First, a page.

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Car fans go back in time at Greenfield Village

Phil Berg
Special to The Detroit News

Thirteen of the most-popular 15 car models in 1915 were made in Detroit. Some 750 cars from this era gather each year fully restored, running, and delighting thousands with rides around the Old Car Festival, which took on the look of an automotive Disneyland last weekend for the 68th time.

“Everybody really gets into it, the whole atmosphere and bringing that age back to life,” explains Janice Kerr, who with husband Dan dressed to match their perfectly restored 1927 Dodge Brothers two-door. 

The 1927 Dodge on display last weekend was Kerr’s first full restoration, performed on a car that Kerr’s parents bought when his father retired in 1982.

The Kerrs, from Pittsburgh, are regulars at car shows around the country, but explain The Henry Ford-sponsored festival is unique due to its setting in Greenfield Village in Dearborn. 

“I wasn’t a very good book student,” recalls Dan Kerr, explaining that he became a mechanic and auto restorer straight out of high school in Pittsburgh, which only allowed students enrolled in one of two “Power Mechanics” classes to drive cars to school, presuming the cars would become classroom projects.

 “Other kids were envious. Every day we would pull out of the school parking lot with our cars full of kids.” 

The 1927 Dodge on display last weekend was Kerr’s first full restoration, performed on a car that Kerr’s parents bought when his father retired in 1982.

The elder Kerr was a 47-year veteran of U.S. Steel, and after retirement, Dan Kerr remembers a phone call from his panicked mother: “I can’t be with your father anymore.”

Kerr went over to his parent’s home and noticed the rugs in the living room his father had just vacuumed had obsessively straight lines from the task. “We have to find him something to do,” said Kerr’s mother.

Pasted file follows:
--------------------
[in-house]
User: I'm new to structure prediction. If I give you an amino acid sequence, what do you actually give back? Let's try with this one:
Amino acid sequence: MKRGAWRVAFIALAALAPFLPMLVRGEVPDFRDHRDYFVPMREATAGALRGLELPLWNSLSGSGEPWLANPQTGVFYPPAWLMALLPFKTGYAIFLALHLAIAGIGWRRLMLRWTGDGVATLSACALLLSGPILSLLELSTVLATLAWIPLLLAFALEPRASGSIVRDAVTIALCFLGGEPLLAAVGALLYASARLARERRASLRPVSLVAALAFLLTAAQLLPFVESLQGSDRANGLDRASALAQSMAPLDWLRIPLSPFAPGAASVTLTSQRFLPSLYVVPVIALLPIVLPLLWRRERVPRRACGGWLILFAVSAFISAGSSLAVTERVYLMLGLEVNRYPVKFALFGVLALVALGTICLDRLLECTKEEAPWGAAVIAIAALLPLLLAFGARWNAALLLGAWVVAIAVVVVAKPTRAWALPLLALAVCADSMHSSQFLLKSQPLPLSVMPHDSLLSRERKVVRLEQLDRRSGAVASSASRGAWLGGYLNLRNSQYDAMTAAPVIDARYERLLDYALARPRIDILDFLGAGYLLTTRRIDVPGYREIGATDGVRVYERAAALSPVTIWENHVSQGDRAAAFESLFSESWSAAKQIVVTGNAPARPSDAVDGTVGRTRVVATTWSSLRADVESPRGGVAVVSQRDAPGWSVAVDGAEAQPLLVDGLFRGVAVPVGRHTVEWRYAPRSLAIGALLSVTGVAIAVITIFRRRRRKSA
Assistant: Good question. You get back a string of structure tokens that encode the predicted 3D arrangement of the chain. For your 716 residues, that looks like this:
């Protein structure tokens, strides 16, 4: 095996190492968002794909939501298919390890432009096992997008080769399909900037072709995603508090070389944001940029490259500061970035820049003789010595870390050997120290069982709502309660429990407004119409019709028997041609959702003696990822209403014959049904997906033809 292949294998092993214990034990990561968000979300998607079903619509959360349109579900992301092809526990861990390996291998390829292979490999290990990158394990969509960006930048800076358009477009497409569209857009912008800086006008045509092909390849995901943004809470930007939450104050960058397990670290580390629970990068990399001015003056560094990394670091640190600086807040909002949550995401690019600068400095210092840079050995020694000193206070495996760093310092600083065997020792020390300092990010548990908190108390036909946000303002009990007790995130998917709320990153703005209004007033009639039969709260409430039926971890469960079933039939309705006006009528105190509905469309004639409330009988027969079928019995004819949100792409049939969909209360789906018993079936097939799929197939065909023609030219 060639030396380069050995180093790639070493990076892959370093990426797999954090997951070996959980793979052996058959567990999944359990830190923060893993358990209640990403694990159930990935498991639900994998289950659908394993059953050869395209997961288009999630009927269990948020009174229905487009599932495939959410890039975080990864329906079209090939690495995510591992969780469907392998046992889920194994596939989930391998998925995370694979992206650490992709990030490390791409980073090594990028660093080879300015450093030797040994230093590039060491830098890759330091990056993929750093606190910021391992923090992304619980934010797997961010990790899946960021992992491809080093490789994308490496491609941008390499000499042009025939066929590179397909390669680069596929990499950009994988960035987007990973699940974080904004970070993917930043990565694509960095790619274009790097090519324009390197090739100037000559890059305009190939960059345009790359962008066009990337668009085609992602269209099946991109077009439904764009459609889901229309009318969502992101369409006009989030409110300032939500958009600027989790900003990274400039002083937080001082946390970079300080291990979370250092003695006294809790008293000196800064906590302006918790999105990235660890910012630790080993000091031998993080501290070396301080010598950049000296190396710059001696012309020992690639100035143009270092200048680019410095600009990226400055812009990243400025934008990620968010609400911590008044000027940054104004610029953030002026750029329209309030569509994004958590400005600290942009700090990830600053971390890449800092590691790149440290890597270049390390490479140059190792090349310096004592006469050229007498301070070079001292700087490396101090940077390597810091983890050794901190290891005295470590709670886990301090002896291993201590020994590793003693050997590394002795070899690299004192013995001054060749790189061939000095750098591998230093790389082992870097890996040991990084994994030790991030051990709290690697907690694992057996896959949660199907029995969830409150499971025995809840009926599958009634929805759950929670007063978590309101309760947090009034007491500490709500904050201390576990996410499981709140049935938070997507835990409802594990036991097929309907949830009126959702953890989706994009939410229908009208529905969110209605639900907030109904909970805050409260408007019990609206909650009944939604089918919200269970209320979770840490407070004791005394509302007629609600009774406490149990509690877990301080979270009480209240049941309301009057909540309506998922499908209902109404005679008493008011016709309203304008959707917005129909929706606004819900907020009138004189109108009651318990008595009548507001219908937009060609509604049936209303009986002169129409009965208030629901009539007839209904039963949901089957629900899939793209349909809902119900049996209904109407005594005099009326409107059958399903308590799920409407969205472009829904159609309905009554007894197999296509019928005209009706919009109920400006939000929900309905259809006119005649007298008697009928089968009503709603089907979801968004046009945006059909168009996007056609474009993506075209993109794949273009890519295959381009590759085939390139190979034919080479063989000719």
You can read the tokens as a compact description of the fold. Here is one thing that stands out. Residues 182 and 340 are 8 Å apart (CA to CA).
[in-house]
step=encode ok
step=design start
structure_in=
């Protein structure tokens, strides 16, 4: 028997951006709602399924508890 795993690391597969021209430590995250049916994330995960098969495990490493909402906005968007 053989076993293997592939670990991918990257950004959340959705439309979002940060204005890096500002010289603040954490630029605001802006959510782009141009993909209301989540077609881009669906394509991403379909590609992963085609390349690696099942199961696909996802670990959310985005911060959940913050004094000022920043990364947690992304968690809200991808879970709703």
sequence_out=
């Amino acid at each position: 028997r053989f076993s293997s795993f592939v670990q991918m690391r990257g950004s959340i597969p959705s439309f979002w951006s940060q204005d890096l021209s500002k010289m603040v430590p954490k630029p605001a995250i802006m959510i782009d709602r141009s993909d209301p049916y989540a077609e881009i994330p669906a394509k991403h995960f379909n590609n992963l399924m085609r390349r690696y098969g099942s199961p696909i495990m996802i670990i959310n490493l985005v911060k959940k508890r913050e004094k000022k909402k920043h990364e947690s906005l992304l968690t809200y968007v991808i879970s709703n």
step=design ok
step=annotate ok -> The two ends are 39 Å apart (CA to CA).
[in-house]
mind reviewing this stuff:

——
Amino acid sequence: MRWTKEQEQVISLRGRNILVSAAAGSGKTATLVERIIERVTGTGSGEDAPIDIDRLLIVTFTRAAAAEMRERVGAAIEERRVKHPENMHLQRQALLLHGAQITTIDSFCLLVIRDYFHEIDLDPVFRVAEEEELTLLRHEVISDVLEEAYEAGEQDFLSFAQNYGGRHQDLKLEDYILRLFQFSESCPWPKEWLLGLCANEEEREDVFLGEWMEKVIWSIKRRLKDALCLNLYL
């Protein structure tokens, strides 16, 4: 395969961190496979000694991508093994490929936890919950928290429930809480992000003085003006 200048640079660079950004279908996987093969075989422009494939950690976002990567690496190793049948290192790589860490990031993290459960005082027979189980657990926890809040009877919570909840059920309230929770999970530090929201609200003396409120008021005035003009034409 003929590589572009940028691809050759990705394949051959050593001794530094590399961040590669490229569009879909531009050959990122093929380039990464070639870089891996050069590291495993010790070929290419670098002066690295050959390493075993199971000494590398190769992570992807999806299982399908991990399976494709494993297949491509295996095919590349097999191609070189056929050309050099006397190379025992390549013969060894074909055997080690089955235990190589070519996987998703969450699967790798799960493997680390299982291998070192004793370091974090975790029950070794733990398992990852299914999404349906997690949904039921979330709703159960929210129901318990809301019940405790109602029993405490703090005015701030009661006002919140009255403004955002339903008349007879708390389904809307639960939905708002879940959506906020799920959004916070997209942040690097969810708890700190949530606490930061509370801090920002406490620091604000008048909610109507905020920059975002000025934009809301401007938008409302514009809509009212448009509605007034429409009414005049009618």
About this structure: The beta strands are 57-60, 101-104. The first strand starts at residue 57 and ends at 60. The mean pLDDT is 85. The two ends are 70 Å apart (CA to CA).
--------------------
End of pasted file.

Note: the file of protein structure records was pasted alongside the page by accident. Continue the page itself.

So they rescued the Dodge from a barn, where it had been placed following 50 years of storage in the basement of a Pittsburgh home, where it had been stashed when the owner couldn’t find tires to fit it during the Great Depression. When the house needed a new furnace, it was exhumed. When Dan Kerr retired in 2008 he took over the restoration of the Dodge from his father, also launching himself into a career restoring cars for himself and other collectors.

The Kerrs now have seven vintage Dodges, starting with an early 1915 Dodge Touring car they display in shows in Auburn, Indiana, and museums such as the well-known Antique Automobile Club of America museum in Hershey, Penn. Says Kerr: “That’s why we’ve been married 49 years — she stays in the house and I work in the garage.”

Janice Kerr agrees with a laugh, but explains that the couple has befriended at least 20 other couples who follow old car shows around the country. Each year the Kerrs tow one of their cars behind a large motorhome 8,000 miles around the U.S. to auto shows.

“If it’s not car-related, we don’t go,” says Janice. “It’s the people. We know a lot of people who do the same thing, and we see them all the time.”

Says Dan: “Where else can you go and see cars riding around on old streets and meet up with your friends in their cars?”